Evaluations showed he wasn’t ‘anything other than professional’ in class
Anti-Israel academic Steven Salaita got new ammunition in his quest against the University of Illinois at Urbana-Champaign (UIUC) last week.
The American Association of University Professors’ academic freedom committee found the school violated certain “academic freedoms of the faculty” by revoking Salaita’s job offer over his vicious tweets – or what UIUC calls, his lack of “civility.”
“Unless something unexpected happens we will recommend censure and forward that to the annual meeting [this summer], and the annual meeting will have to decide whether to vote along,” Hans-Joerg Tiede, co-author of the report and a professor at Illinois Wesleyan University, said in a phone interview with The College Fix.
Salaita left his position at Virginia Tech and was ready to start classes at UIUC in August. The university scheduled his courses, set him up with the IT desk and was even ready to reimburse him for his moving expenses when he started tweeting about the summer conflict in Gaza.
Following outrage from donors and pro-Israel groups – as well as a former AAUP president, UIUC professor Cary Nelson – the school rescinded Salaita’s job offer.
“It’s important to realize that we are not somehow claiming that academic freedom gives us [professors] a license to say whatever we want,” report co-author Tiede told The Fix.
Tiede serves on AAUP’s Committee A on Academic Freedom and Tenure, whose members traveled to Urbana-Champaign to interview Chancellor Phyllis Wise, administrators and faculty members.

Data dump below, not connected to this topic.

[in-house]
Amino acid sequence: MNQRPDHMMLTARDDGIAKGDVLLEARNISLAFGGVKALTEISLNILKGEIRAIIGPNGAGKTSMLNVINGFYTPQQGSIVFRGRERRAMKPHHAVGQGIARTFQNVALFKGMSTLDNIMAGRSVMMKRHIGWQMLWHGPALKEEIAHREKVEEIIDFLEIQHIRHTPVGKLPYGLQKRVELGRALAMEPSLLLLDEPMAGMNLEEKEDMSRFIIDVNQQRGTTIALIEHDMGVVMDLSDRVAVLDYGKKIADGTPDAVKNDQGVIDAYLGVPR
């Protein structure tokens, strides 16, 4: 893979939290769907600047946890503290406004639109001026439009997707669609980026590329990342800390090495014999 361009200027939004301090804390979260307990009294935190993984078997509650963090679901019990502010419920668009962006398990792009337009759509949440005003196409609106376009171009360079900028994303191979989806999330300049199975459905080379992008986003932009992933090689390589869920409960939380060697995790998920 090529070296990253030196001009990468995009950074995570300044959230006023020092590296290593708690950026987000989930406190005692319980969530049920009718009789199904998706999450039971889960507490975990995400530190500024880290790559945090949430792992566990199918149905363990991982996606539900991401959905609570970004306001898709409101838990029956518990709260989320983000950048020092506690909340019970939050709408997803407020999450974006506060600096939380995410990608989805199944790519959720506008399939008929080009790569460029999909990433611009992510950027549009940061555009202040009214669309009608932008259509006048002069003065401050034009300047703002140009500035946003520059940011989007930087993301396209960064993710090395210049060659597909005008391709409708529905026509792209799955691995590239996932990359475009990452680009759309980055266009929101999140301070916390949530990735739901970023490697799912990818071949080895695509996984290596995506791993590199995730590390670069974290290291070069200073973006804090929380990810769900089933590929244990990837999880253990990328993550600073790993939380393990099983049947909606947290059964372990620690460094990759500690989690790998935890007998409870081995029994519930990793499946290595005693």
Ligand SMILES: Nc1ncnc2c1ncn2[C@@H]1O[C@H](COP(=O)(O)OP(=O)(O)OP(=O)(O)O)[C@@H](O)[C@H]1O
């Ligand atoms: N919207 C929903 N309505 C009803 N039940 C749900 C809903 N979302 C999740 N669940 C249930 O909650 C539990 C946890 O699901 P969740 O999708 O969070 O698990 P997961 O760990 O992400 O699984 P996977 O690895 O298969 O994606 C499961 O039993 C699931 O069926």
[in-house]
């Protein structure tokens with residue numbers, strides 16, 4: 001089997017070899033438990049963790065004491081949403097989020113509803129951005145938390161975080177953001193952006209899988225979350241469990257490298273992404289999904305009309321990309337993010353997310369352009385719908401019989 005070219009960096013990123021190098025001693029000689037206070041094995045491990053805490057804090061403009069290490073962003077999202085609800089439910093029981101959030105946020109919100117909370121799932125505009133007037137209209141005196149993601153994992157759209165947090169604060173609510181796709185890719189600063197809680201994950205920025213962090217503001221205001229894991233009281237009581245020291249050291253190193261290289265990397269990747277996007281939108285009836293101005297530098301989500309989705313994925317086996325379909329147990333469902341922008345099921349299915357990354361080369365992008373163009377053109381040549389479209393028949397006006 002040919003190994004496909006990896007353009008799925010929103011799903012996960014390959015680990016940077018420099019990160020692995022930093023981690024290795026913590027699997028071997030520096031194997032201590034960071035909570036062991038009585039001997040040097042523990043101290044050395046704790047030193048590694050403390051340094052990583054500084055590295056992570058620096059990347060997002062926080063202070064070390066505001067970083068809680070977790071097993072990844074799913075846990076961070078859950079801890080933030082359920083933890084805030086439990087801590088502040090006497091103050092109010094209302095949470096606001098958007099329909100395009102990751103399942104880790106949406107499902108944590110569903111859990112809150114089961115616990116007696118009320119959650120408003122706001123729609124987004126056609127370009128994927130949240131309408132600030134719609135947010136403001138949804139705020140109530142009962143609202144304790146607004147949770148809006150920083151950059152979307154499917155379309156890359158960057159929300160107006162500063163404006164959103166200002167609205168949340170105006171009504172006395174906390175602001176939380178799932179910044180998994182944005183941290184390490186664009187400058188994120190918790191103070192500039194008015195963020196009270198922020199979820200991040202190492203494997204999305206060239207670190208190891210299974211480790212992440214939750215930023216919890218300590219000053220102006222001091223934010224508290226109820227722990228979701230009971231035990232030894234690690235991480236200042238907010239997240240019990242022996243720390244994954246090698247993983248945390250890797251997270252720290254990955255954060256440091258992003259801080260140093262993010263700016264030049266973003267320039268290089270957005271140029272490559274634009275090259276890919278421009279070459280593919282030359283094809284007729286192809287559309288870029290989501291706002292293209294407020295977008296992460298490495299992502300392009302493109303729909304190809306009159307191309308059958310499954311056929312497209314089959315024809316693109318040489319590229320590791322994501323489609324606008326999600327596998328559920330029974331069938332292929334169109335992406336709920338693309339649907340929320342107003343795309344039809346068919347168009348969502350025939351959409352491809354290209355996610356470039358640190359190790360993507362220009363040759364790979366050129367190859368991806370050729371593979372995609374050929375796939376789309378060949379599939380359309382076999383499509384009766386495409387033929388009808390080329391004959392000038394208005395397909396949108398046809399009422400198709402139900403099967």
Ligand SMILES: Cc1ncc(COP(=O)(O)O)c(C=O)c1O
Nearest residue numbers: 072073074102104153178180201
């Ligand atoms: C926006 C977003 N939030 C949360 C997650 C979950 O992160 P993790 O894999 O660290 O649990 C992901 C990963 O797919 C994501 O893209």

A job termination “has to be demonstrably related to your performance as a faculty member if you want to discipline a faculty member, and for all we could find, including going to the university and speaking with the chancellor, there is no indication that that’s the case,” Tiede said.
The first major finding of the report is that although the board of trustees still need to approve Salaita’s appointment, the divisive professor was otherwise an official faculty member. Board approval was “simply a formality,” Tiede said.
“The AAUP is not interested in the legal question, ‘Did he have legally a contract?’ But it’s interested in academic best practices and the standards of the profession,” Tiede said.
“If you make somebody an offer and you begin scheduling their classes and you begin making arrangements for them to come, they simply are at that point appointed,” Tiede said.
The report also finds that speech like Salaita’s – made outside of the classroom – does not determine what his conduct is like in the classroom.
If his “professional fitness,” in Tiede’s word, is in question, then Salaita was entitled to a faculty hearing. A faculty committee at UIUC recommended the school convene a “body of qualified academic experts” to reconsider Salaita’s candidacy, though the board ignored that.
“Whether or not we agree with what [Salaita] has to say is immaterial. What matters is that there is no indication that this [his actions on Twitter] at all reflects the faculty member” in the classroom setting, Tiede said.
According to AAUP, UIUC had access to documents describing Salaita’s classroom conduct at Virginia Tech, none of which indicated he was “anything other than professional.”
Neither the University of Illinois nor Salaita responded to interview requests.
College Fix reporter Courtney Such is a student at Furman University.
IMAGE: Steven Salaita’s Facebook page